The CBI president said that he “understands what living on the margin is like” as he was one of eight children raised on a Glasgow council estate by his father, a teacher, and his mother, who was a nurse.

“People’s costs [and] living standards are absolutely going to go backwards over the next year or two, without a doubt. People will have a tougher standard of living for the next two years. For individuals and for businesses, we are in for a tough time,” he said.

McBride called for a more cohesive response from ministers to help businesses deal with the cost of living crisis, arguing that the “government has to take responsibility in terms of co-ordinating the response to this, and we’re not really getting that yet”.

Even so, he said the relationship between the business group and government had improved since fractious exchanges over the CBI’s opposition to leaving the EU.

McBride said the debate over Brexit was in the past. “The last thing this country needs is another two or three years of debate and argument and a terrible civil political war. I think the government has moved on, and I think business has moved on.”

McBride, who serves as the lead non-executive director for the Department of Defence, said that he can use his connections across the civil service to further strengthen the relationship between the government and business.

He cited ambitions to attract a new generation of tech-focused companies to the employers group. “The CBI has tried, but probably hasn’t resonated as much with companies in the digital economy. I think having me there helps build a bridge.”

He pushed for Amazon to become a member and dismissed criticism over whether the UK’s leading business organisation should lobby on behalf of overseas businesses — some of whose tax arrangements have been questioned in the UK.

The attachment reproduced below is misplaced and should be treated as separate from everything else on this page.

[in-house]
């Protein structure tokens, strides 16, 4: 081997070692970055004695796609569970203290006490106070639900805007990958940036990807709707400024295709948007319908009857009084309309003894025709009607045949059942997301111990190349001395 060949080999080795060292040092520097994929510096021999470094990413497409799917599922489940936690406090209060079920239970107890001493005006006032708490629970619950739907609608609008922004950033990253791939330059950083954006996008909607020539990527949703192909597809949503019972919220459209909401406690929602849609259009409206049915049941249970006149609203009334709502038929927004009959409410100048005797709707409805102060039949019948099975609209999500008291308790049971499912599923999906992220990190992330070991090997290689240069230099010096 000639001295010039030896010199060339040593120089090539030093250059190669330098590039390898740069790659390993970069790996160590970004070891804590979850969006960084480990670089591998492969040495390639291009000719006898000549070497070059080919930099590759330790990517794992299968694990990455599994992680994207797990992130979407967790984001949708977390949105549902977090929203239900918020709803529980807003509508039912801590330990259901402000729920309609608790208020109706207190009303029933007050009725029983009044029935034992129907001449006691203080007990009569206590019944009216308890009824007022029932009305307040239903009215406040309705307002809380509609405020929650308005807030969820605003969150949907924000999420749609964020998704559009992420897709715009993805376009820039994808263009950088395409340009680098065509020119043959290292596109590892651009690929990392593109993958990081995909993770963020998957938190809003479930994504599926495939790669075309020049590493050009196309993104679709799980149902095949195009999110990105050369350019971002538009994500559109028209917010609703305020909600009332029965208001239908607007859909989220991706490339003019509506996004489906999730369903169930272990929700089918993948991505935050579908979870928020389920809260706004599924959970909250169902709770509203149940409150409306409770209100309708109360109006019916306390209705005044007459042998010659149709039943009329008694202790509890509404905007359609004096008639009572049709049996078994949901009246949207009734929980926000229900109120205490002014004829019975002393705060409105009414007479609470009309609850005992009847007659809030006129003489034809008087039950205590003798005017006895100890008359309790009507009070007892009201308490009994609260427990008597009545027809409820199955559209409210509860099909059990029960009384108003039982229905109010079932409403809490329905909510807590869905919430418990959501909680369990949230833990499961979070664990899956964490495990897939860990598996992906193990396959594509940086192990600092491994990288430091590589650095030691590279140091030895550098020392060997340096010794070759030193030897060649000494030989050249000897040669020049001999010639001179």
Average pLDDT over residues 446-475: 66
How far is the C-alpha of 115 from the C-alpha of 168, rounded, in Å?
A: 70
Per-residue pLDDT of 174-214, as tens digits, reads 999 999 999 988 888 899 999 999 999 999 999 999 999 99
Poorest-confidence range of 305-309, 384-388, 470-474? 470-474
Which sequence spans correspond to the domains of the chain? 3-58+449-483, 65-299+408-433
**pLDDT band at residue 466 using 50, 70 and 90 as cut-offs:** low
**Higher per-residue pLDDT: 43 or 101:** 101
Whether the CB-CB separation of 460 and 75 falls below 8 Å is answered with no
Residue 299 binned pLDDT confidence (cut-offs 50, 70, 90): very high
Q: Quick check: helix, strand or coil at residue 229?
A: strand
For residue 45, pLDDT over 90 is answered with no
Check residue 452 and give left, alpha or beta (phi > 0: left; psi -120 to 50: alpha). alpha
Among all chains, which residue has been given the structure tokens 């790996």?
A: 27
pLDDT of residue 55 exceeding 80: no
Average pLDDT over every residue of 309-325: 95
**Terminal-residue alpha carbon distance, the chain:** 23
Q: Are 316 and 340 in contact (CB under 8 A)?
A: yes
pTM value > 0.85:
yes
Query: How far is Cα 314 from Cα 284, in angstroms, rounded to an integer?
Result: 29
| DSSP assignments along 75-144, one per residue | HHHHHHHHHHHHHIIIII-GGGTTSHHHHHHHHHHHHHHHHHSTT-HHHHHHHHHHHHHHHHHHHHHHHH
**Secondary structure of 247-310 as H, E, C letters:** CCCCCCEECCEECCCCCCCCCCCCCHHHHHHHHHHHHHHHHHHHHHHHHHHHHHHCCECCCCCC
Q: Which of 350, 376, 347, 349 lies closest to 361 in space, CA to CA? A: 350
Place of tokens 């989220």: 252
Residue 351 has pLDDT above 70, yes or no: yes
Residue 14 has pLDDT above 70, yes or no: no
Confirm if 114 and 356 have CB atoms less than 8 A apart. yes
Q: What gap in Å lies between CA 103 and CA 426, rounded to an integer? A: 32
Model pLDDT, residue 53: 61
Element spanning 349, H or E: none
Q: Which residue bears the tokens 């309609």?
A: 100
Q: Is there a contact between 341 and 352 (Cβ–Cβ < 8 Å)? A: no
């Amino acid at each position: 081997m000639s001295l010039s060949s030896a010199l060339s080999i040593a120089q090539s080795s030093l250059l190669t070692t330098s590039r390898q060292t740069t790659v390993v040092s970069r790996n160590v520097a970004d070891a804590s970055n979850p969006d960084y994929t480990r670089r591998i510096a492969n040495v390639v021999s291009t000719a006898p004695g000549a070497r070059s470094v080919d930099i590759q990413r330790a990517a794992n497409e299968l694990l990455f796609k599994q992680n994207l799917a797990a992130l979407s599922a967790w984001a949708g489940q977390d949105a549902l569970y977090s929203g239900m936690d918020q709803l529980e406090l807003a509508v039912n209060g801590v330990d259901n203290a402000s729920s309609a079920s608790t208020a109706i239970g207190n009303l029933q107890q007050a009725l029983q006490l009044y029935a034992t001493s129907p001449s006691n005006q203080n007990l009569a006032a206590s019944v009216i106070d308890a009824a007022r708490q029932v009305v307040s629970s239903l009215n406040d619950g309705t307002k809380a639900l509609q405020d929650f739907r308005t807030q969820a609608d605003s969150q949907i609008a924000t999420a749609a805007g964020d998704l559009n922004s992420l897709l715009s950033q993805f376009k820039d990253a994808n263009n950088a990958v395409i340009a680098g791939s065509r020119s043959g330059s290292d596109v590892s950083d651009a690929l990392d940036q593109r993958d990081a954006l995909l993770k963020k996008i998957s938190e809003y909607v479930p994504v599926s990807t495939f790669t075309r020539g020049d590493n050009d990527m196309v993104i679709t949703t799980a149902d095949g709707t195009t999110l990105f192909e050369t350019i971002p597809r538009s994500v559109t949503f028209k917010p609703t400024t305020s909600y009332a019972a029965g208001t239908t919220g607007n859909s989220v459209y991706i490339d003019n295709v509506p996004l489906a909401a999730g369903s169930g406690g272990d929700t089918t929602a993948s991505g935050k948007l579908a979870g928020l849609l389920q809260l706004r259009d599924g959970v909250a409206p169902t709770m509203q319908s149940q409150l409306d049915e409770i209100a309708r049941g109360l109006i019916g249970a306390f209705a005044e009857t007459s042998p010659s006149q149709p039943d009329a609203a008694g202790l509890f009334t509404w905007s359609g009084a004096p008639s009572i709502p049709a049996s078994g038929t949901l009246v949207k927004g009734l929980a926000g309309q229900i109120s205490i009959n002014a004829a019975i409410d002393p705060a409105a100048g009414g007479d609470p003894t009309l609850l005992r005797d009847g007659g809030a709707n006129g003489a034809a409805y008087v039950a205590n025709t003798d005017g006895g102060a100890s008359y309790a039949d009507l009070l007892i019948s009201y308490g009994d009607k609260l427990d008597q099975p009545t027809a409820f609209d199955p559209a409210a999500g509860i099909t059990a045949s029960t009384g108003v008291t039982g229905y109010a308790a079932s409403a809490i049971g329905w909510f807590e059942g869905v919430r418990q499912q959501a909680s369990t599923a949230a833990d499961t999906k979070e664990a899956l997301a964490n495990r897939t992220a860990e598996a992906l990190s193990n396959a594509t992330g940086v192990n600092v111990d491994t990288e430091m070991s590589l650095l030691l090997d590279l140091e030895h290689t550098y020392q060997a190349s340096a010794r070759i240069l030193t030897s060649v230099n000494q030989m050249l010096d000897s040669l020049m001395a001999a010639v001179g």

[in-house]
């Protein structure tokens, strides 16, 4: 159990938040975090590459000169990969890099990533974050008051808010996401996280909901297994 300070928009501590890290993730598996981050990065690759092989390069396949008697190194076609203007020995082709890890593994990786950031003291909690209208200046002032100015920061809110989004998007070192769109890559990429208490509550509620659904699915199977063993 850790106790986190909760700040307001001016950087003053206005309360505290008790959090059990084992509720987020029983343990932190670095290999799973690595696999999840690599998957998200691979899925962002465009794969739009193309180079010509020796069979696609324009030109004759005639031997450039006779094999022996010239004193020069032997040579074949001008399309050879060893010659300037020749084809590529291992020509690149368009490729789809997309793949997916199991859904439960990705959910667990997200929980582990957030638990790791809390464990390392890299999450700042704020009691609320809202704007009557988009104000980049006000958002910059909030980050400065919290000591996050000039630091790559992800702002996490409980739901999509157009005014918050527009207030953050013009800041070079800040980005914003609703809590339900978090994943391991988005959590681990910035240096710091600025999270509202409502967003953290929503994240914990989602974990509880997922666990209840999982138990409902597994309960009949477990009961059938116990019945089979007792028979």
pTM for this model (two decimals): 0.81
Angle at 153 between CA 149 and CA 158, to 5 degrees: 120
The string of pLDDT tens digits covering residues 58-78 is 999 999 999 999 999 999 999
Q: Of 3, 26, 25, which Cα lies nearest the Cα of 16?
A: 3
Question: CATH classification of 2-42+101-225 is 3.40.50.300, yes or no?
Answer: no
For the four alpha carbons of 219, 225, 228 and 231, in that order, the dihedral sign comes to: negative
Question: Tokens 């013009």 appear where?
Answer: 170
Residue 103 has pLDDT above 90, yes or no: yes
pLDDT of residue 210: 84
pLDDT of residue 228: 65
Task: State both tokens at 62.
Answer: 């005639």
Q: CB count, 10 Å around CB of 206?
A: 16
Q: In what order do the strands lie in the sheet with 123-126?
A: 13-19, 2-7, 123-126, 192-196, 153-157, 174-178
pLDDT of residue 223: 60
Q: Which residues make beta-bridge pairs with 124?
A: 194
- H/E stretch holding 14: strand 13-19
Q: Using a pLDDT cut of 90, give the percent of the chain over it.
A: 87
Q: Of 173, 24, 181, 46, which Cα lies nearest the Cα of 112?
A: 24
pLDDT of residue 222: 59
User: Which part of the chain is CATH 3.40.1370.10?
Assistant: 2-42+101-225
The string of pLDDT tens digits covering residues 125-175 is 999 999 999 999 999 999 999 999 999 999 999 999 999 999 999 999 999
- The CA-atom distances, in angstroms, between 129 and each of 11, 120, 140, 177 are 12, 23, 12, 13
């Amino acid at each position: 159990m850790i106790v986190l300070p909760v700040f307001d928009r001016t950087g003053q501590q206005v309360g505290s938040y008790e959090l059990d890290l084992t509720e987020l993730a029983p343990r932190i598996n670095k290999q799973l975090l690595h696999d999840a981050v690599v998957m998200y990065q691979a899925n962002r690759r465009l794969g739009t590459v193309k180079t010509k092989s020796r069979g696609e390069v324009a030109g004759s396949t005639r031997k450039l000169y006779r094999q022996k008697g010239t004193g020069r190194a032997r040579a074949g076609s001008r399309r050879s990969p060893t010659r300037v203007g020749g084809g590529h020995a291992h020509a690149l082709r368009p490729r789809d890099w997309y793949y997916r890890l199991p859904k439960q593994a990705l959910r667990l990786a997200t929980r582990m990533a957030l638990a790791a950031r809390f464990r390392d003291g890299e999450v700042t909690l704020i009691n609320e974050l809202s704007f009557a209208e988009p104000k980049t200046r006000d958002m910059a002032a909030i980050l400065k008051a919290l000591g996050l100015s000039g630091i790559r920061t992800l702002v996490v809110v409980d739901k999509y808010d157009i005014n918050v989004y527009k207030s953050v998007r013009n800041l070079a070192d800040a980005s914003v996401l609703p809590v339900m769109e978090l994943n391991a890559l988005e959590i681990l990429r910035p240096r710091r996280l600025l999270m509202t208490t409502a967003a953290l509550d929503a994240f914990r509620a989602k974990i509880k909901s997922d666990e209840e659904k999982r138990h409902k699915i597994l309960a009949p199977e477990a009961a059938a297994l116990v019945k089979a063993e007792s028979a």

“If you’ve got a presence in the UK, or you’re employing people here, I don’t think there’s any problem with them being members. If we were only to represent British based companies, we’d cut out an awful lot of the economic activity.”

Scottish referendum would be a ‘huge distraction’

Brian McBride warned that an independence vote for Scotland would be a “huge distraction” given the economic crisis facing the devolved regions of the UK.

McBride grew up in Glasgow and went to university in the city. He still spends much of his time in Edinburgh and Glasgow, where he often watches Celtic play.

He said that the region had other things to worry about beyond the independence debate at this time.

“That’s not to say it’s not important . . . but it absolutely will distract people. All the focus today from government and business should be on getting the economy moving again.”

The Scottish government had said that getting “the economy started and sorted was job number one”, he said.

“Well, it isn’t fixed yet. The UK economy, and the economy in the regions, is facing a big, big crisis. And that should be the focus of politicians today and not what I would call political issues.”